A branch line from Main Beach to The Spit was proposed in the Gold Coast City Council's 2031 transport plan, City Transport Strategy 2031.[64] The council announced a number of potential route options in April 2017 and invited public comment.[65] The line is expected to cost around $200 million and would be paid for by developers. It would be around 2.6-kilometres long. The time frame for construction remains undecided.[66]

Other proposals[edit]

Further extension plans involve numerous proposed branch lines. Proposals from Griffith University to Harbour Town,[64] from Surfers Paradise to Bundall,[64] from Nobby Beach to Robina,[64][67] from Broadbeach to Nerang railway station,[68] and from Burleigh Heads to Varsity Lakes railway station have been made.[67]


  1. ^ a b Skene, Kathleen (5 February 2016). "Gold Coast light rail hits 10 million tram passenger mark as tender announcement nears for stage two". The Gold Coast Bulletin. News Corp Australia. Retrieved 10 June 2016. 
  2. ^ Estimated Resident Population Profile.id
  3. ^ "Gold Coast Rapid Transit Corridor Study". City of Gold Coast. Retrieved 6 December 2013.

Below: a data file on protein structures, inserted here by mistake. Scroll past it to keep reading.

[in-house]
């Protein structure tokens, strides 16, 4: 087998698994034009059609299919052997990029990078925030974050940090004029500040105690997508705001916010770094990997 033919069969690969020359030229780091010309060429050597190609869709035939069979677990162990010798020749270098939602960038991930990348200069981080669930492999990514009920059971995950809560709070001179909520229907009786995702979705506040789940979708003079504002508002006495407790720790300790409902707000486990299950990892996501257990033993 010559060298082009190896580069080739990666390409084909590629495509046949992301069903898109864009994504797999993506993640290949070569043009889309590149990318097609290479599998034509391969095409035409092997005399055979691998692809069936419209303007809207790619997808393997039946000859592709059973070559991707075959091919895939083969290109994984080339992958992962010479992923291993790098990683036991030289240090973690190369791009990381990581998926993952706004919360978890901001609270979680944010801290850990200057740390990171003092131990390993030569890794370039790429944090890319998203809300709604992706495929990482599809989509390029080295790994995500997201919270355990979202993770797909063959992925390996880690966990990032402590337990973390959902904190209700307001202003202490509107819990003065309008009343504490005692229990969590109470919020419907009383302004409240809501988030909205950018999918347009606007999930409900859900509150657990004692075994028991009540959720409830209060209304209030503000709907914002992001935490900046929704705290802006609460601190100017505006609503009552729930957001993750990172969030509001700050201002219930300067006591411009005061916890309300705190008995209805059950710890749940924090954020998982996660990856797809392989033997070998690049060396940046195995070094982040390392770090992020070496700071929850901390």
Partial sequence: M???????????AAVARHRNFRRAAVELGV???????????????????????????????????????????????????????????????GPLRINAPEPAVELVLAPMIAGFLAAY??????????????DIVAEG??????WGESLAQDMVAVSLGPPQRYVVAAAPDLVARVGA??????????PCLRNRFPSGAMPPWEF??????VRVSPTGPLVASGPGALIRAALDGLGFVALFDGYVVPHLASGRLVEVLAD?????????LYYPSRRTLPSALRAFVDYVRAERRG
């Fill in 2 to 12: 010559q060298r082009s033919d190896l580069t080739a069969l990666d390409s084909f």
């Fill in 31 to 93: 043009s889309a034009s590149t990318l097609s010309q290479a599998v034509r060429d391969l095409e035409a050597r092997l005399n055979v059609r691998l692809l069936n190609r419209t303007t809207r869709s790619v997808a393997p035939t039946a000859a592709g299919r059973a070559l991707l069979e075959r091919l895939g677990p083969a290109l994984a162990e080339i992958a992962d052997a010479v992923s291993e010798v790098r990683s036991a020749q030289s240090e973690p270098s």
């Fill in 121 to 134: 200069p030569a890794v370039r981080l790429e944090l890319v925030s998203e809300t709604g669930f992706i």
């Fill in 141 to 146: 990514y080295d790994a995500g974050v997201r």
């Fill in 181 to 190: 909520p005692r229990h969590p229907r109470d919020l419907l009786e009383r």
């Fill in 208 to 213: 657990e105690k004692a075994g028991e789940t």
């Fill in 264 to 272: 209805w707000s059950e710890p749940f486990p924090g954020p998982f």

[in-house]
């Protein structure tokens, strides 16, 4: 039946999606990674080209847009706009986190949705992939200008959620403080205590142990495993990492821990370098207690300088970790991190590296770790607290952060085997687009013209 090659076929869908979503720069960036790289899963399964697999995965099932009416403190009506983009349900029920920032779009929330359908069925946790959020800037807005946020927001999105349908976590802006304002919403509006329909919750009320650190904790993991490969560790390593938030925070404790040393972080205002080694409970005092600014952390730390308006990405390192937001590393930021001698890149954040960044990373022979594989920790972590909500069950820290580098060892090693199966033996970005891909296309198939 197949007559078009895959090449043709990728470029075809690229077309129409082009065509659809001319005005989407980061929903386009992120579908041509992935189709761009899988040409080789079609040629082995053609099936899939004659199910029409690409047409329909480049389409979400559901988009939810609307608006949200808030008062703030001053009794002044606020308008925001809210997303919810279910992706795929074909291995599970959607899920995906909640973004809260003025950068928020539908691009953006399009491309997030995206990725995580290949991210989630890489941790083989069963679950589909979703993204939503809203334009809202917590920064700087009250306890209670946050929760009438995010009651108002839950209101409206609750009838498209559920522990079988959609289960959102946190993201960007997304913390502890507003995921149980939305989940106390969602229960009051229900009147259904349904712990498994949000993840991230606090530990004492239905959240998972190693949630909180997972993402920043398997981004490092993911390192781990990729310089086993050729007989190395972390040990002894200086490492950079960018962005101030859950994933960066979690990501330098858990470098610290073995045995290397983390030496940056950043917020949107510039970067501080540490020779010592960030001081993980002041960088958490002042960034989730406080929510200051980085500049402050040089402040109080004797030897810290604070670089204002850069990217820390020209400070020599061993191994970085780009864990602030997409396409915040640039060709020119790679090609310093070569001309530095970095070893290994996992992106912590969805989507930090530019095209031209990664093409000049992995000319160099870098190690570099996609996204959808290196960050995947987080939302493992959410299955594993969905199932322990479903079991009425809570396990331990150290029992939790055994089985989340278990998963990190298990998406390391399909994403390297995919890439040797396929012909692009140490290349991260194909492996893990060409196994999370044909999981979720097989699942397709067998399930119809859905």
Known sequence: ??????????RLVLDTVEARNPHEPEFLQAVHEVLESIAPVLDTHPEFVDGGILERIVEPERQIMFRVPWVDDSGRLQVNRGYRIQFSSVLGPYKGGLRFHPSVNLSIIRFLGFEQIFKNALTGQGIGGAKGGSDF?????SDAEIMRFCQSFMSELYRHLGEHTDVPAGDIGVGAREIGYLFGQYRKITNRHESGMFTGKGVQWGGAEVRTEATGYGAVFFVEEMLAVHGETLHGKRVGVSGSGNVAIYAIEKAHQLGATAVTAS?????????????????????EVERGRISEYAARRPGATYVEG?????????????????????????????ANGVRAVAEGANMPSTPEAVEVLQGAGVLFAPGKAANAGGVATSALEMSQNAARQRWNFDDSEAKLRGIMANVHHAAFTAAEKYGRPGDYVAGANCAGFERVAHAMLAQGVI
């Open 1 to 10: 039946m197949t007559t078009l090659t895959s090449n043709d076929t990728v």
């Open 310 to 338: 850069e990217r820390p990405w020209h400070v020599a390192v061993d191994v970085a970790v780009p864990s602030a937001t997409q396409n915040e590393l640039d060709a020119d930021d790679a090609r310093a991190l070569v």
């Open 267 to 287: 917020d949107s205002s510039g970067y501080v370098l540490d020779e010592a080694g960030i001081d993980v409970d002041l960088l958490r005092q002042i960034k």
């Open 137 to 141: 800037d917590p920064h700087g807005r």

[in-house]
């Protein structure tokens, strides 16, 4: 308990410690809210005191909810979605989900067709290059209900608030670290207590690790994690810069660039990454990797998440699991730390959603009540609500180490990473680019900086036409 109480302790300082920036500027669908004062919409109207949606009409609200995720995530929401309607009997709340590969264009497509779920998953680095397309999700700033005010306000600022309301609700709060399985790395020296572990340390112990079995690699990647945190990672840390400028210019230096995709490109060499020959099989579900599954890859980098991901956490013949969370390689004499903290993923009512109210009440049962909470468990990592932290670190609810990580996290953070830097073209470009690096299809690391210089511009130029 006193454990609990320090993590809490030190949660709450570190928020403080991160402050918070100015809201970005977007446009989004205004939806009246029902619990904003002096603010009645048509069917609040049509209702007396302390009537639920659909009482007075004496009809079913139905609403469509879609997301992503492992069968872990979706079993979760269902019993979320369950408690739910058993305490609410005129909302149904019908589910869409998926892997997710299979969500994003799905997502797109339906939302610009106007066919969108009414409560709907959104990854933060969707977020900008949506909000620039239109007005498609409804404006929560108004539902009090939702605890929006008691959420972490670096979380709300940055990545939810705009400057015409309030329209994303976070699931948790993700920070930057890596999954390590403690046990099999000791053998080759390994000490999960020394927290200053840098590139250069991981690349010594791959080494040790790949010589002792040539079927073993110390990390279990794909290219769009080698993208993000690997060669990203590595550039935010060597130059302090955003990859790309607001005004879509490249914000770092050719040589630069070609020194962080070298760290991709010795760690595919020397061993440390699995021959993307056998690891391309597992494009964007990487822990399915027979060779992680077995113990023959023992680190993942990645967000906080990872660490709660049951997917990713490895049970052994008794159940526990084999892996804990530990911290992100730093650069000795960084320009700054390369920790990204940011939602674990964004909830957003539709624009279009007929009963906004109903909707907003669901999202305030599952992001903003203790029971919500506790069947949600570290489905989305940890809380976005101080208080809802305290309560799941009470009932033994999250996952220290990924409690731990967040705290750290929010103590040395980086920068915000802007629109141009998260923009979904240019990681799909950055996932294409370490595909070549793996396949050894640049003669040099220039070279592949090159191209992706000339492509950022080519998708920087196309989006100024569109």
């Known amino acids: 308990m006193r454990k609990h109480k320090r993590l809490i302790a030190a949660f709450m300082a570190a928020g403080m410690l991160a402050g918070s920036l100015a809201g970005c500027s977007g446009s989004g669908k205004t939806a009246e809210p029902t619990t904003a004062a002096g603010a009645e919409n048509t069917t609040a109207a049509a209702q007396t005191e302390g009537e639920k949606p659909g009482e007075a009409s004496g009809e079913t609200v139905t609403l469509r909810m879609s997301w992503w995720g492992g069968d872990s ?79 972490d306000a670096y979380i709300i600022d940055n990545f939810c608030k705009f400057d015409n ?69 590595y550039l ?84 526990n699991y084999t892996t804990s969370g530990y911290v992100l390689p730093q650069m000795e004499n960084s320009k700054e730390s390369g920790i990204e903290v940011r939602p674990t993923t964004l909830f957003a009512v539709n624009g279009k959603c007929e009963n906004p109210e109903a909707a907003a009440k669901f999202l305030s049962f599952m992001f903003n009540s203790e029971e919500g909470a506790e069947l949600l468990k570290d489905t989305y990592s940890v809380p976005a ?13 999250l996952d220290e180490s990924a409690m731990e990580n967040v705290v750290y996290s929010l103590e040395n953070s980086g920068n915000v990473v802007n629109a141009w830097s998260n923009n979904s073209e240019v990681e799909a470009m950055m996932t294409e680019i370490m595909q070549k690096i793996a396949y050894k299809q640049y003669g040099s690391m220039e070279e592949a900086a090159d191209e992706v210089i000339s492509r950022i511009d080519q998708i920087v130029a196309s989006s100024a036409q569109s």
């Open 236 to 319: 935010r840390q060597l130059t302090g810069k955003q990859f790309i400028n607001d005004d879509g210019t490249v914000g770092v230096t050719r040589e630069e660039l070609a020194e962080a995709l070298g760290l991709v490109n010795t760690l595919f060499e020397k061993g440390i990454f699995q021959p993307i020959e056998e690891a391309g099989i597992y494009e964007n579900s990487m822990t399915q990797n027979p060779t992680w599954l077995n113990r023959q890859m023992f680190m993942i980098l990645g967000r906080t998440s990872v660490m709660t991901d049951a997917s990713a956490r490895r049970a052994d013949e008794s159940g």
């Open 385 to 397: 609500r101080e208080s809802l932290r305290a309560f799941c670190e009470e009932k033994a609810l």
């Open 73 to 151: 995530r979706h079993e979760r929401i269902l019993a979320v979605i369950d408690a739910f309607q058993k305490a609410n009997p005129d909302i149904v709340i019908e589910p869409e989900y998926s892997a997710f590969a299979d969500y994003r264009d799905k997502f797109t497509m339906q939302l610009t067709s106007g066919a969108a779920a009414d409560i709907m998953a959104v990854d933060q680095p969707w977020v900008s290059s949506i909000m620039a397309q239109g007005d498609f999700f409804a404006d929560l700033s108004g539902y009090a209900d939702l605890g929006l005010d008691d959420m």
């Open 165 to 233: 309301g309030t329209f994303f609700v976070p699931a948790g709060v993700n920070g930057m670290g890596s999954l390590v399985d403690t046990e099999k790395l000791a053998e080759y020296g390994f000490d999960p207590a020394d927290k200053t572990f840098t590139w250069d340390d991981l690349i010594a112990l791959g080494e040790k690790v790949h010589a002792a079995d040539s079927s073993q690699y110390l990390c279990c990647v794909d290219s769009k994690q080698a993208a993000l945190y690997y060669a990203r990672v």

4. ^ "Gold Coast Light Rail Feasibility". Department of Infrastructure & Regional Development. 14 May 2002. 
  5. ^ "Gold Coast Light Rail Feasibility Study" (PDF). Parsons Brinckerhoff. Archived from the original (PDF) on 20 February 2011. Retrieved 6 December 2013. 
  6. ^ Chambers, Geoff (14 February 2010). "Chinese in Gold Coast's rapid transit mix". Gold Coast Bulletin. Archived from the original on 4 November 2013. Retrieved 6 December 2013. 
  7. ^ "GoldLinQ Selected for Gold Coast Light Rail". Plenary Group (Press release). 5 May 2011. Retrieved 6 December 2013. 
  8. ^ "GoldlinQ selected to build Gold Coast light rail". Railway Gazette International. 6 May 2011. Retrieved 6 December 2013. 
  9. ^ "GoldLinQ wins £657M Australian rail project". New Civil Engineer. 9 May 2011. Retrieved 6 December 2013. 
  10. ^ Stolz, Greg; Vogler, Sarah (8 August 2012). "Court bid to halt $1.6 billion Gold Coast light rail project". Herald Sun. Retrieved 6 December 2013. 
  11. ^ "Light rail work starts this month". Gold Coast Bulletin. 4 July 2010. Archived from the original on 24 March 2012. Retrieved 6 December 2013. 
  12. ^ Gold Coast Rapid Transit. Queensland Government. June 2011. 
  13. ^ "First test tram run in Southport". GoldLinQ. 1 October 2013. Retrieved 6 December 2013. [permanent dead link]
  14. ^ "Works updates". GoldLinQ. 4 December 2013. [permanent dead link]
  15. ^ All aboard: Gold Coast light rail officially launches with full tram cars for day of free travel Gold Coast Bulletin 20 July 2014
  16. ^ Chambers, Geoff (24 December 2009). "Flurry of Coast rapid transit resumptions". Gold Coast Bulletin. Archived from the original on 24 March 2012. Retrieved 6 December 2013. 
  17. ^ "Gold Coast Light Rail Stage 2". Department of Transport and Main Roads. Retrieved 12 August 2015.